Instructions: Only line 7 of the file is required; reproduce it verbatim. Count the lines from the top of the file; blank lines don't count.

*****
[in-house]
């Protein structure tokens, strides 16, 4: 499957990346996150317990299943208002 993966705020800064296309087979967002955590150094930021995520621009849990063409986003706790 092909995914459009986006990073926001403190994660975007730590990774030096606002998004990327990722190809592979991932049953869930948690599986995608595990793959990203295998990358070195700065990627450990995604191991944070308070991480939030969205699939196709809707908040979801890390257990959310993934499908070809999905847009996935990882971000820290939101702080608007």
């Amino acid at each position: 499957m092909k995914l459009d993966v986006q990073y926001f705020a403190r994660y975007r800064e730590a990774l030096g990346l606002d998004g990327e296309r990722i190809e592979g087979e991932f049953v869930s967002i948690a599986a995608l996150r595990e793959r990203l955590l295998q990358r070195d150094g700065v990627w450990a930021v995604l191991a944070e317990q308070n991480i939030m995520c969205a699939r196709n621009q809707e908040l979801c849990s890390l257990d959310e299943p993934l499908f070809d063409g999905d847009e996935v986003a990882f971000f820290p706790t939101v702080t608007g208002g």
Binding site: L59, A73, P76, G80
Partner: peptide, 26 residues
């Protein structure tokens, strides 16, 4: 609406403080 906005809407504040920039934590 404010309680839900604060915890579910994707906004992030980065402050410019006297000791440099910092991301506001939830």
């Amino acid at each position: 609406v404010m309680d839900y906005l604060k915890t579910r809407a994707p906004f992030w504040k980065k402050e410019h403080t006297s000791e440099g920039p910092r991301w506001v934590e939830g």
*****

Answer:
């Amino acid at each position: 609406v404010m309680d839900y906005l604060k915890t579910r809407a994707p906004f992030w504040k980065k402050e410019h403080t006297s000791e440099g920039p910092r991301w506001v934590e939830g």